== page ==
Search
  • James Noonan

Exposing the gender discrepancies in the public relations industry


With Women’s History Month 2021 having just wrapped up, this is a time to celebrate the progress that has been made but also reflect on what more can be done; the PR industry is no exception to this.

PR is one of the few fields within the U.S. that is dominated by women, and globally women make up about two-thirds of PR professionals. While this may be taken as a win for some, leadership positions are still heavily dominated by men; only 30 percent of managerial roles and 20 percent of CEO positions are filled by women within the industry.


Anje Collins, co-founder of Women in PR and a PR professional for over 35 years, attributed this to the mentorship and hand selection of male leaders by their male predecessors. Women in PR was launched in 2011 to enhance the knowledge of PR practitioners and to empower women in the field. The organization is now 13,000 women strong, with members from Los Angeles all the way to Dubai. Collins emphasized the importance of networking, stating that, “your network, is your net worth.”


When Collins was asked if the male hold on leadership positions would change soon, she was not optimistic, and stated that “there will never be full women leadership.” Women in PR strives to bring women together and put collaboration over competition.


The sense of a “boys club” within leadership and the field is not uncommon. The Institute for PR disclosed in a report that women felt excluded and encountered stereotypes in the workplace, while “almost no male respondents” reported being personally harassed. In that same report, a majority of men and women acknowledged that there was an industry pay gap.


Dr. Hongmei Shen, a PR professor at San Diego State University and an active member in the PR community, expressed similar concerns about the lack of female leadership and addressed that the “Velvet Ghetto” (the pay gap between men and women in PR) is still prominent even after 35 years. Dr. Shen shared that the pay gap is an issue that often is neglected due to stereotypes that women don’t work as much, that they take time off for family, that they pass up management opportunities, or that they don’t negotiate as well as men; this argument has been proven false.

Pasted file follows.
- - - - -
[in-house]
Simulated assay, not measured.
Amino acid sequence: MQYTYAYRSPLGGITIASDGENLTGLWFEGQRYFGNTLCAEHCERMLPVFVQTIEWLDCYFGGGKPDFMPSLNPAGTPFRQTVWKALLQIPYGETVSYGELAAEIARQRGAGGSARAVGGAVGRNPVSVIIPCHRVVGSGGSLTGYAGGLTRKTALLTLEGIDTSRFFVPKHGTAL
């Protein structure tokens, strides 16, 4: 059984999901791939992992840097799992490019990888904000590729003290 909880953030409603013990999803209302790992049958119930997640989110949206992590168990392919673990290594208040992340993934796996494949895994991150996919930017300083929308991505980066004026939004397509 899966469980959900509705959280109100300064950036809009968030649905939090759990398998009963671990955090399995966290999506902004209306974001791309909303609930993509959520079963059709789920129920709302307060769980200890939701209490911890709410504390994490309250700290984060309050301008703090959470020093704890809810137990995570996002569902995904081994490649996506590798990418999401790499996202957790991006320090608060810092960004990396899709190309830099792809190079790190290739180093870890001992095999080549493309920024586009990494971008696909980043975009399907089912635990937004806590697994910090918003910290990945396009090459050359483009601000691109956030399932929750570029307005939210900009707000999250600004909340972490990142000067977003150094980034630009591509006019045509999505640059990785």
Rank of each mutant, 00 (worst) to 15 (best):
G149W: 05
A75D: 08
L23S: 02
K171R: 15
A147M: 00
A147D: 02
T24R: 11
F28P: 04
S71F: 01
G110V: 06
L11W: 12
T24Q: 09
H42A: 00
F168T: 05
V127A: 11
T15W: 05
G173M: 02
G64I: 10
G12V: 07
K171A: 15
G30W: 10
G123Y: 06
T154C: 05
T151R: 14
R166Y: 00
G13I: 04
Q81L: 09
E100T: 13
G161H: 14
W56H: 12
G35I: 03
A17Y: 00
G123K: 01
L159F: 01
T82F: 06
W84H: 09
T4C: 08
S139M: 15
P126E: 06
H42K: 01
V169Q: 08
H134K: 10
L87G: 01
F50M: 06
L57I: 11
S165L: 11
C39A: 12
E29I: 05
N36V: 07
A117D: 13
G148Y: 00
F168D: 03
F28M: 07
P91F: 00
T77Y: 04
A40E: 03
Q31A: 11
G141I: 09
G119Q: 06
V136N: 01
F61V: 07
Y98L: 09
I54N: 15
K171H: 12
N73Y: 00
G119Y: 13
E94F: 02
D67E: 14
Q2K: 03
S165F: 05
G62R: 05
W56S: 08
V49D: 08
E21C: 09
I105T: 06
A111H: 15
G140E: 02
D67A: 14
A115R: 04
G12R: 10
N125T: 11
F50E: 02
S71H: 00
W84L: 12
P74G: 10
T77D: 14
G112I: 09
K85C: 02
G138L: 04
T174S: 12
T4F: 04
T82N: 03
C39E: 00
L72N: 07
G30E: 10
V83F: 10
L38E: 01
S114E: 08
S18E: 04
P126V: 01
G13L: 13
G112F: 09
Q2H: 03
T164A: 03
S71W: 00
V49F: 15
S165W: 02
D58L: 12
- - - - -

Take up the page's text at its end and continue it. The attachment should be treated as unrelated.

In 2012, while on the Public Relations Society of America committee on Work, Life, and Gender, Dr. Shen, along with two colleagues, Dr. Dozier and Dr. Sha, looked at potential inhibitors to women’s salaries such as years of professional experience, manager role enactment, participation in management decision-making, income-suppressing career interruptions, and career specialization. Even after accounting for these impacts, the income gender income gap did not close.


The 2012 report found that there was still roughly an $8,000 pay gap between men and women in the PR industry. A more recent 2020 article by Agility PR Solutions shows some progress, with the gap closing to $6,000 a year.

The statistics show that the PR industry is making progress; however, as Collins and Dr. Shen both shared, there is room to grow regarding equal pay and representation in the C-Suite for women.


By James Noonan


James Noonan was born and raised in “sunny” San Diego. His focus on supporting communities and their people stems from his background as a registrar and board member for the Tierrasanta region of the American Youth Soccer Organization. Noonan received two associate degrees during his time at San Diego Miramar Community College and is attending San Diego State University to receive his bachelor's degree in Public Relations. Noonan sees himself in 10 years working as a community organizer to help raise the voices of others and spread awareness of social issues.



79 views